At the end of his home goodbye, Blair Kinghorn came to the touchline at The Hive not as the double try-scorer who had helped set up what should have been an Edinburgh win but as the culprit in the game-defining moment late on that brought a Benetton try and an Edinburgh loss.
“Pretty raw,” he said – and he wasn’t talking about the iciness of the Edinburgh night. “Disappointing. A mistake by me at the end cost the team. Too risky, bad decision.”
The offload near his own line was, indeed, madcap, but that kind of risk-taking is part of who he is, part of why Toulouse want him. It goes right and he’s a buccaneering hero. It goes wrong, as it did on Friday, and you get a forlorn figure standing in front of you, his spirits only lifting slightly when talk turned to France and the adventure ahead.
“It’s not really sunk in to be honest,” he said of his move to Toulouse. One more game – against Ulster, if he plays in it – and he’s done. On 3 December, he will no longer be an Edinburgh man. He’ll be on the list with Antoine Dupont and Thomas Ramos and Romain Ntamack and all those other class acts populating the dressing room of the world’s greatest rugby club.
“I don’t think it’ll sink in until I actually get there, just because of the speed of it,” he said. “It’s a massive privilege for me. A great challenge to expand as a player and as a person.
“I feel like it’s time to take a step out of my comfort zone. Pressure is a great thing. Being surrounded by world-class players, it’s going go be tough, for sure. Frustrating at points, but I feel, if I didn’t take the opportunity, I’d kick myself. Pressure will make you shrink or grow and hopefully I’ll grow.”
This was not how it was supposed to be on his last nod in his home city. The Edinburgh team that Kinghorn will leave behind next week might be a world away from the joyless risk-averse one in which he took his first strides more than eight years ago, a crew coached by the ever-cautious, ever-practical Alan Solomons.
But, boy, they still have self-destruction in their DNA. The young Kinghorn’s brand of adventure didn’t go down a ton with ol’ Al back in the day. That capacity to deliver moments that got you out of your seat and other moments that made you sink into it in frustration hasn’t left him.
We saw it at The Hive again. Two tries that showed the pedigree that made Toulouse come calling with a fat contract and one mad attempted offload on the floor near his own line that gifted Benetton the lead with a dozen minutes left.
That was the killer moment, the game-definer. The fairytale got crushed underfoot. That was the standout incident, but there were many acts of self-harm by Edinburgh.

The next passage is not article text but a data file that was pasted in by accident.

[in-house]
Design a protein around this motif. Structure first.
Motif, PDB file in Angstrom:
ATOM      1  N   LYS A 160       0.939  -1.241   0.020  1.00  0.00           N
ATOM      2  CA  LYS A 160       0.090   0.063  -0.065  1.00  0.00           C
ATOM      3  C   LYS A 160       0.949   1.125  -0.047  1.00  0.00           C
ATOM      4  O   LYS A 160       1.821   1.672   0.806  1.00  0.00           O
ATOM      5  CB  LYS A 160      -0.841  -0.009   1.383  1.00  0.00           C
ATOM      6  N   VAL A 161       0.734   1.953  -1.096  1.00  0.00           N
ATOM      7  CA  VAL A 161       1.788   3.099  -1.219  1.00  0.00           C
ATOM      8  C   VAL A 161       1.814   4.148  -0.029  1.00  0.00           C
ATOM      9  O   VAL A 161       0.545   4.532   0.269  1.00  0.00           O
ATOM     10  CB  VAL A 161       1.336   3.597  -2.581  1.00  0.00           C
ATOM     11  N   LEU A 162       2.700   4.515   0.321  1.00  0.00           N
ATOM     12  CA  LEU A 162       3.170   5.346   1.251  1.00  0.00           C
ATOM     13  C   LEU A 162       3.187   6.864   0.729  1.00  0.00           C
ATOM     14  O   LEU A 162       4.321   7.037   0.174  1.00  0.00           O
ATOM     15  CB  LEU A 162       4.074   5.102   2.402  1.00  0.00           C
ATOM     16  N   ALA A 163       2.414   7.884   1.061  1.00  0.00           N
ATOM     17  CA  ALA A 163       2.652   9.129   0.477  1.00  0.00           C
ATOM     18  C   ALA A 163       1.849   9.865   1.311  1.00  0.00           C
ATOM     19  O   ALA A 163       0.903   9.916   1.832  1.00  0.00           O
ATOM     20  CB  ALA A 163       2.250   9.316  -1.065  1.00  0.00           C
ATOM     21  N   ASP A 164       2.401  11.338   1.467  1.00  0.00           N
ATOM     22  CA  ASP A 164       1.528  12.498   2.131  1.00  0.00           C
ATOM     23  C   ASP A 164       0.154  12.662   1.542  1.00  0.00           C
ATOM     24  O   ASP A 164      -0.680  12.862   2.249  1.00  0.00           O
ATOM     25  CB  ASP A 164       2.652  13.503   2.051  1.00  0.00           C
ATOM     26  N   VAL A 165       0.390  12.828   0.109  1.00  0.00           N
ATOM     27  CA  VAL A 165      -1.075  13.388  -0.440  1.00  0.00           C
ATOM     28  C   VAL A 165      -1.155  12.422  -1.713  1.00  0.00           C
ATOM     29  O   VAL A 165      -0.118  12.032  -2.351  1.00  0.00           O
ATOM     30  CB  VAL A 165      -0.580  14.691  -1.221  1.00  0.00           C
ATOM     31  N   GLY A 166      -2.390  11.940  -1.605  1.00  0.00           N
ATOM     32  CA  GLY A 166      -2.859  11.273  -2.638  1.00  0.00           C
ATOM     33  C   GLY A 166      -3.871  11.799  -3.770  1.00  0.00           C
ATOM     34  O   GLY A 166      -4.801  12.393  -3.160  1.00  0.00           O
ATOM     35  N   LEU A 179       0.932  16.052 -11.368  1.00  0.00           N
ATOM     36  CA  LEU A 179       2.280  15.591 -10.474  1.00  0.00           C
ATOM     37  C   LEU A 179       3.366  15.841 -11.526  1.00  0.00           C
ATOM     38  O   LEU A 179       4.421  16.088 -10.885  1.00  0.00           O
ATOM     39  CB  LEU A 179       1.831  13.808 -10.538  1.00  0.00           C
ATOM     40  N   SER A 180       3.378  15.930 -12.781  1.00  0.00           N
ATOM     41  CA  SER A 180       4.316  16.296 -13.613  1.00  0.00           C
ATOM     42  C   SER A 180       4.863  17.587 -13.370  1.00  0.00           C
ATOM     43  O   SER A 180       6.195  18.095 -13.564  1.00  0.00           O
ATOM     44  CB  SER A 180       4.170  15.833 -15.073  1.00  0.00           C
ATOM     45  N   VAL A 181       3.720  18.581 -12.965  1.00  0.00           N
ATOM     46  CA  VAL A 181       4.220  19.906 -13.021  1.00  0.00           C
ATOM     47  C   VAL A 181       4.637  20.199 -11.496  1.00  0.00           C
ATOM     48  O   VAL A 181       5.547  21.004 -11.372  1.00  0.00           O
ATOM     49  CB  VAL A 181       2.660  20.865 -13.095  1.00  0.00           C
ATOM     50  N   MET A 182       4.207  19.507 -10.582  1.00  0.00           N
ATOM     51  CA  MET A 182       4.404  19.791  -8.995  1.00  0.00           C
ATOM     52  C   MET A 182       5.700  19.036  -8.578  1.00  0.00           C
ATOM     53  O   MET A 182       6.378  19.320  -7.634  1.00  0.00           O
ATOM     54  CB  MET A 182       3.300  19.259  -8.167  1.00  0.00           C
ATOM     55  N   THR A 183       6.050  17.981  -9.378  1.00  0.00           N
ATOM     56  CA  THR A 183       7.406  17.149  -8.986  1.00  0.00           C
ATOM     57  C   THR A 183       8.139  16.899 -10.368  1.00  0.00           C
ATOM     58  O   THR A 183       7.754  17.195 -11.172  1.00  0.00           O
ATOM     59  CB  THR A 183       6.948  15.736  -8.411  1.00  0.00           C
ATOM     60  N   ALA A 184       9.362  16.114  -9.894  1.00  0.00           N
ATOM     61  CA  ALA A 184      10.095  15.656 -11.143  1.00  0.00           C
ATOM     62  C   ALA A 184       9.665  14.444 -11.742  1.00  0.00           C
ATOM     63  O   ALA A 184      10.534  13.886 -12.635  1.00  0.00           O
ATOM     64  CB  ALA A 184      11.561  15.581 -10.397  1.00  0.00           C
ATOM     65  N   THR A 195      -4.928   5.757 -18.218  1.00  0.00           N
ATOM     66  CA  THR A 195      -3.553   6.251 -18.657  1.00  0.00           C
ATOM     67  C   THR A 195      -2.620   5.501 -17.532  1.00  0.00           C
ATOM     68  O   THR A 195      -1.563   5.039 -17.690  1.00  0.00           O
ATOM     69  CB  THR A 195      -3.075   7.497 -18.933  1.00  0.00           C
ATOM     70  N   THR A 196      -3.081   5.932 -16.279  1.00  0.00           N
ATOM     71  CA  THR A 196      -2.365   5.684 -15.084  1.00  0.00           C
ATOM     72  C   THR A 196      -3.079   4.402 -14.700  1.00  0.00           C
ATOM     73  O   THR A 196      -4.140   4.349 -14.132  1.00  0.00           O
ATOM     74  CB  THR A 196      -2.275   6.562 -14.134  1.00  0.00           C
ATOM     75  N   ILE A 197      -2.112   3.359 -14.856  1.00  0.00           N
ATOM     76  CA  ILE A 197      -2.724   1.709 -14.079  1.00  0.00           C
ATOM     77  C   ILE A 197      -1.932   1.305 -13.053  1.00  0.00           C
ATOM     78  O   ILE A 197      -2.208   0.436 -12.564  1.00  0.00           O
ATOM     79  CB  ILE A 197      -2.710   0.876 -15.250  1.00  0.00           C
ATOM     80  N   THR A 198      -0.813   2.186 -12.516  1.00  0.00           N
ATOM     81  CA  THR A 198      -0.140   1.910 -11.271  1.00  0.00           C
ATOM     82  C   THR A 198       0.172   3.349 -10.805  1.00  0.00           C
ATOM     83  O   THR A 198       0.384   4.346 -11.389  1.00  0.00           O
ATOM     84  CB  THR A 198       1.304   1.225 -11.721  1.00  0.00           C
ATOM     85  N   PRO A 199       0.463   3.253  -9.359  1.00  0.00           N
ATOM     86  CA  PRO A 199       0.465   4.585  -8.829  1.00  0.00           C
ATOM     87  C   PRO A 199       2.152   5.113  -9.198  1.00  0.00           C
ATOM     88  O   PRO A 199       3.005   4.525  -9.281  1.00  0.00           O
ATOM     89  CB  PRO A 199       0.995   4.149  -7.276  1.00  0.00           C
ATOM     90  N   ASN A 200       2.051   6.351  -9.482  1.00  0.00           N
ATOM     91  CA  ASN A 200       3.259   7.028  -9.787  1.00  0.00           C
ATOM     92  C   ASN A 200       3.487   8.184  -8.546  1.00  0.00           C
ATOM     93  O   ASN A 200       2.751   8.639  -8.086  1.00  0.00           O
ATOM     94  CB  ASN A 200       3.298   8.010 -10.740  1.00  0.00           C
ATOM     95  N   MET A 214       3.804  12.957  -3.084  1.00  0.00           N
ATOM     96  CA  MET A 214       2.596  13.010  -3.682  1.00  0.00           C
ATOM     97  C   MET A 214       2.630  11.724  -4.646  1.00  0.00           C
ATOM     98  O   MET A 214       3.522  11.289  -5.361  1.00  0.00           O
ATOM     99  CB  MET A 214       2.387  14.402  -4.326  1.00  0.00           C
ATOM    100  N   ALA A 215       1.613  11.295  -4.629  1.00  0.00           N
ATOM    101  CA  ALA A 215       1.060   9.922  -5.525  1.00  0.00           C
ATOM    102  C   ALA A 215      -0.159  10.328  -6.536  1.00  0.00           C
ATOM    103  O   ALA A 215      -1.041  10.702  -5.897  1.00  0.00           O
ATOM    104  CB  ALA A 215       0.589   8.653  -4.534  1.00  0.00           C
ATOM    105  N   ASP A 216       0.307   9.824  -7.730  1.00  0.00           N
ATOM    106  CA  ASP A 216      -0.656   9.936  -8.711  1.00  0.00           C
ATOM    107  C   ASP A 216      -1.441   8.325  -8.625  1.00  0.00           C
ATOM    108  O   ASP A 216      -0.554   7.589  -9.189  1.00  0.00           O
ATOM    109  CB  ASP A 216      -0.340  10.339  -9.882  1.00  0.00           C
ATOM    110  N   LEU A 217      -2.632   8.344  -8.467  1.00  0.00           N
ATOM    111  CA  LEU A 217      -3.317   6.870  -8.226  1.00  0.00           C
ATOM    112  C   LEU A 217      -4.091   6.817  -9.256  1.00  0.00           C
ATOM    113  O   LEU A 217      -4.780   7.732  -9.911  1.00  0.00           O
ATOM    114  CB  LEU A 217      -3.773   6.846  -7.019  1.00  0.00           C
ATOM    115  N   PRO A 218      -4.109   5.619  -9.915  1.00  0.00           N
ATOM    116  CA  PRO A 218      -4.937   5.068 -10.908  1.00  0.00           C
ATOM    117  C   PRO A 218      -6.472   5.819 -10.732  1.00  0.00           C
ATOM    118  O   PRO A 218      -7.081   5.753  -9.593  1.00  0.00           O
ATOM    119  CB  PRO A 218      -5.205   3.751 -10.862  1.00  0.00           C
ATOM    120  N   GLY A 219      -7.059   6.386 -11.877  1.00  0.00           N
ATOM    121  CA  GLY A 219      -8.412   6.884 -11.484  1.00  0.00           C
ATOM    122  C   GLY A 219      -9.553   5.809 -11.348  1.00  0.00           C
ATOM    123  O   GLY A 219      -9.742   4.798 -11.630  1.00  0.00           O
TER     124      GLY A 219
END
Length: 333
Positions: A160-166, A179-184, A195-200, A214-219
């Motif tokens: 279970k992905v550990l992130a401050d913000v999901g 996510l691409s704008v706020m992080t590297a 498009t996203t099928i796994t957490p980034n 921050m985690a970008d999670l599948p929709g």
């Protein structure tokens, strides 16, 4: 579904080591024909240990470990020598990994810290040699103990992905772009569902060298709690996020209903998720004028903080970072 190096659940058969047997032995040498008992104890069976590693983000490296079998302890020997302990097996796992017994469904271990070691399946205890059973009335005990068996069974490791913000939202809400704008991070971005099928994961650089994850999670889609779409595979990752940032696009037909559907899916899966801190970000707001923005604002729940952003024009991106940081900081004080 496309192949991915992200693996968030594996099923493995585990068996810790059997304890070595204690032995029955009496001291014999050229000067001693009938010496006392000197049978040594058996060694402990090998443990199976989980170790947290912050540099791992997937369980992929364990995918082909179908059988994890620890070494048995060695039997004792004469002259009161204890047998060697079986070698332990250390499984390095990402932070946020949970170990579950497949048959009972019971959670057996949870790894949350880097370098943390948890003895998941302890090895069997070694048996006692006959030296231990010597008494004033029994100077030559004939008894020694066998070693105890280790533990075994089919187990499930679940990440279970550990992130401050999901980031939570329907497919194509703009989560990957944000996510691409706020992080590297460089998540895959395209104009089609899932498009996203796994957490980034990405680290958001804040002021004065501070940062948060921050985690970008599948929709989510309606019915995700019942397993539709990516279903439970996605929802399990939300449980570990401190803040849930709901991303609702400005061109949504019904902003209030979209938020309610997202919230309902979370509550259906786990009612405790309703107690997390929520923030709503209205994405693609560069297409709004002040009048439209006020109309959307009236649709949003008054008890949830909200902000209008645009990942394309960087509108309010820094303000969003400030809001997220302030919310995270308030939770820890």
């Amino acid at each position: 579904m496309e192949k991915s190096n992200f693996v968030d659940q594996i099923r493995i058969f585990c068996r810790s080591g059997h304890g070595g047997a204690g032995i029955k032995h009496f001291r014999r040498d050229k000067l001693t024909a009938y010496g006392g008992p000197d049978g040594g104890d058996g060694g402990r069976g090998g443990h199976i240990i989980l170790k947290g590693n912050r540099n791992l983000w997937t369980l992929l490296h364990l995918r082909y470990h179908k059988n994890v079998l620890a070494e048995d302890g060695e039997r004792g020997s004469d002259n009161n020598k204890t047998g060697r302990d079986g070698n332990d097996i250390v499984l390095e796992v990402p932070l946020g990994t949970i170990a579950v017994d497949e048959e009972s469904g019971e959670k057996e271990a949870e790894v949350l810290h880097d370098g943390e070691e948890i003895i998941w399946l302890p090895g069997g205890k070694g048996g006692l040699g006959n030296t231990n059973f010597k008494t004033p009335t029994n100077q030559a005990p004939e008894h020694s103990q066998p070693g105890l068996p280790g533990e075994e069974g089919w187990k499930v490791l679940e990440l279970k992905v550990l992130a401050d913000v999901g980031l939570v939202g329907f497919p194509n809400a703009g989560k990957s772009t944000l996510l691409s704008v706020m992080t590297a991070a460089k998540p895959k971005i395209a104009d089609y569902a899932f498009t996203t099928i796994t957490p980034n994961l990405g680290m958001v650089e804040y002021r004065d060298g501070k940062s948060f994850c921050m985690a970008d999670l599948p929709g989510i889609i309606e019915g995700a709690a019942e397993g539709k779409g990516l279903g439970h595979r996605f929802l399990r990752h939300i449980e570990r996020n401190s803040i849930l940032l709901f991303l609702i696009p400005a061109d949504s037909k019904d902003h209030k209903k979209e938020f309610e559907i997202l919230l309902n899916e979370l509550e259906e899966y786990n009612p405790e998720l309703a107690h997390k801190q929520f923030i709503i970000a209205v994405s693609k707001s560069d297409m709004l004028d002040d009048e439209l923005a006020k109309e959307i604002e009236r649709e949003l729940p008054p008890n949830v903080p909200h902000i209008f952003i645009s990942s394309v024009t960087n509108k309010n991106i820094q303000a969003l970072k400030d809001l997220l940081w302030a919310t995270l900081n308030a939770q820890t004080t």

A lost lineout in the Benetton 22 late on. An error count that climbed higher and higher. Dropped balls all over the park. A last play that saw them feed Ben Healy for what would have been a match-winning drop goal had he not been too far out to take advantage.
Why not go through the phases a few more times? Why not inch things closer to the sticks? This was not all on Kinghorn – not by a long way – although in the aftermath he looked like a man who was accepting all of the blame.
Kinghorn says he will play against Ulster next weekend – he calls it a massive game that he is desperate to win – and that will be that. Next stop, France. Toulon, winners of the European Challenge Cup, on 23 December. La Rochelle, winners of the European Champions Cup, a week later. Different gravy.
In his time at Edinburgh, he’s counted the coaches in and counted them back out again, from Solomons to Richard Cockerill to Duncan Hodge to Mike Blair. He’s moved home, from the main arena to Murrayfield to Myreside and now The Hive.
In his 138 games and his 36 tries, he’s lived this club’s largely disappointing story every step of the way. This was the last time the home crowd will see him as an Edinburgh player and he really did give them something to see in those early moments.
Toulouse are no fools. They have unbelievable riches in their backline, but they’ve still swooped for Kinghorn because they know that his athleticism, his speed of thought and movement in attack, his sheer grace and imagination with ball in hand, could be perfect for them.
It took him two and a half minutes to score, a ball out the line, a little surge of pace, a touch of strength to ward off a would-be defender and in he went. Nine minutes later, he began the move that brought the field position that led to Matt Currie’s score. Just before the break, Kinghorn went scampering up the right wing to get his second.
Versatility is part of the appeal of Kinghorn. Toulouse have Test players and brilliant tyros in practically every position in their backline, but they have more demands on them than any other club side in the world. Twenty-two French titles? Fine, when’s number 23? Five European Cups? Nice, but they’ll be winning number six when, exactly?
They are the grandest, biggest, most historic rugby club of them all and soon Kinghorn will be a part of it. One of these days, when everyone is fit and well, he could find himself at full-back or wing or at 10 with a backline of such luminaries as Thomas Ramos, Ange Capuozzo, Romain Ntamack and Antoine Dupont. The Toulouse support cast is also exceptional.
On one level, there is no bigger move that Kinghorn could have made and, on another, no harder. The demands will be ferocious. He’s now entering a different rugby realm where winning is expected and losing is treated as catastrophe. It’s a parallel universe to what he’s grown up with at Edinburgh.
Is he ready to step up? Finding out will be fun, unlike the Scottish farewell of Friday night that left everyone feeling cold, in every sense.